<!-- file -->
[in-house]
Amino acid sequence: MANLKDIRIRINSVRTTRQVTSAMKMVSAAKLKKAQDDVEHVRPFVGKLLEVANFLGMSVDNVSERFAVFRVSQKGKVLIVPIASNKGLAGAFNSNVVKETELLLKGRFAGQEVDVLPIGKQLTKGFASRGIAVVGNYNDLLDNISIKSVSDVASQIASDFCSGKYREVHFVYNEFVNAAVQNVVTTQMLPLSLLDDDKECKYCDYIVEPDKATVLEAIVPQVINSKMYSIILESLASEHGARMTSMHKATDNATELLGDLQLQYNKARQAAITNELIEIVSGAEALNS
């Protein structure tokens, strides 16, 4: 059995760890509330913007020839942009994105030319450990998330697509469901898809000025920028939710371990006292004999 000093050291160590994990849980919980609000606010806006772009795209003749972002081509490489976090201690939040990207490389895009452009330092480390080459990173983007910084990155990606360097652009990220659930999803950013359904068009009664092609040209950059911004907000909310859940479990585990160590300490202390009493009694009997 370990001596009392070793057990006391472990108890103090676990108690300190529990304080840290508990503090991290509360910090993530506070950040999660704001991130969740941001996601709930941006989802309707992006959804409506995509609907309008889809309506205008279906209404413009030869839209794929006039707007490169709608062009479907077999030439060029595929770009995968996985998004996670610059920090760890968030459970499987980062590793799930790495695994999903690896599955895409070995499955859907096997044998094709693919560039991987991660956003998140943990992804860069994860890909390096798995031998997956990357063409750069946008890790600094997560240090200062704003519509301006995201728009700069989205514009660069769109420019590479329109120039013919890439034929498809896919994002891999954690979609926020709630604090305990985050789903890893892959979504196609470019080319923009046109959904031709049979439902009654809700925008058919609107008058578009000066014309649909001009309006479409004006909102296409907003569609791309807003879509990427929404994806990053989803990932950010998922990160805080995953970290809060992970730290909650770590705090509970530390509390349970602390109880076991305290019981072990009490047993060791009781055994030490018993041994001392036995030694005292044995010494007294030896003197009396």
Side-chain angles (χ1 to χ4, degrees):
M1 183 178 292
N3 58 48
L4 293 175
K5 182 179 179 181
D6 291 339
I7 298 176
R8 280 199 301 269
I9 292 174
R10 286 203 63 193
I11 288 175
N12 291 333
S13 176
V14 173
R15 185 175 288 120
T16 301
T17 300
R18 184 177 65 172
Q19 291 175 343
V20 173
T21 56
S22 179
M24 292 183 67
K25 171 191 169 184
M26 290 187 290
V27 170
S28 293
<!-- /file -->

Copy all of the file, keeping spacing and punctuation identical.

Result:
[in-house]
Amino acid sequence: MANLKDIRIRINSVRTTRQVTSAMKMVSAAKLKKAQDDVEHVRPFVGKLLEVANFLGMSVDNVSERFAVFRVSQKGKVLIVPIASNKGLAGAFNSNVVKETELLLKGRFAGQEVDVLPIGKQLTKGFASRGIAVVGNYNDLLDNISIKSVSDVASQIASDFCSGKYREVHFVYNEFVNAAVQNVVTTQMLPLSLLDDDKECKYCDYIVEPDKATVLEAIVPQVINSKMYSIILESLASEHGARMTSMHKATDNATELLGDLQLQYNKARQAAITNELIEIVSGAEALNS
């Protein structure tokens, strides 16, 4: 059995760890509330913007020839942009994105030319450990998330697509469901898809000025920028939710371990006292004999 000093050291160590994990849980919980609000606010806006772009795209003749972002081509490489976090201690939040990207490389895009452009330092480390080459990173983007910084990155990606360097652009990220659930999803950013359904068009009664092609040209950059911004907000909310859940479990585990160590300490202390009493009694009997 370990001596009392070793057990006391472990108890103090676990108690300190529990304080840290508990503090991290509360910090993530506070950040999660704001991130969740941001996601709930941006989802309707992006959804409506995509609907309008889809309506205008279906209404413009030869839209794929006039707007490169709608062009479907077999030439060029595929770009995968996985998004996670610059920090760890968030459970499987980062590793799930790495695994999903690896599955895409070995499955859907096997044998094709693919560039991987991660956003998140943990992804860069994860890909390096798995031998997956990357063409750069946008890790600094997560240090200062704003519509301006995201728009700069989205514009660069769109420019590479329109120039013919890439034929498809896919994002891999954690979609926020709630604090305990985050789903890893892959979504196609470019080319923009046109959904031709049979439902009654809700925008058919609107008058578009000066014309649909001009309006479409004006909102296409907003569609791309807003879509990427929404994806990053989803990932950010998922990160805080995953970290809060992970730290909650770590705090509970530390509390349970602390109880076991305290019981072990009490047993060791009781055994030490018993041994001392036995030694005292044995010494007294030896003197009396």
Side-chain angles (χ1 to χ4, degrees):
M1 183 178 292
N3 58 48
L4 293 175
K5 182 179 179 181
D6 291 339
I7 298 176
R8 280 199 301 269
I9 292 174
R10 286 203 63 193
I11 288 175
N12 291 333
S13 176
V14 173
R15 185 175 288 120
T16 301
T17 300
R18 184 177 65 172
Q19 291 175 343
V20 173
T21 56
S22 179
M24 292 183 67
K25 171 191 169 184
M26 290 187 290
V27 170
S28 293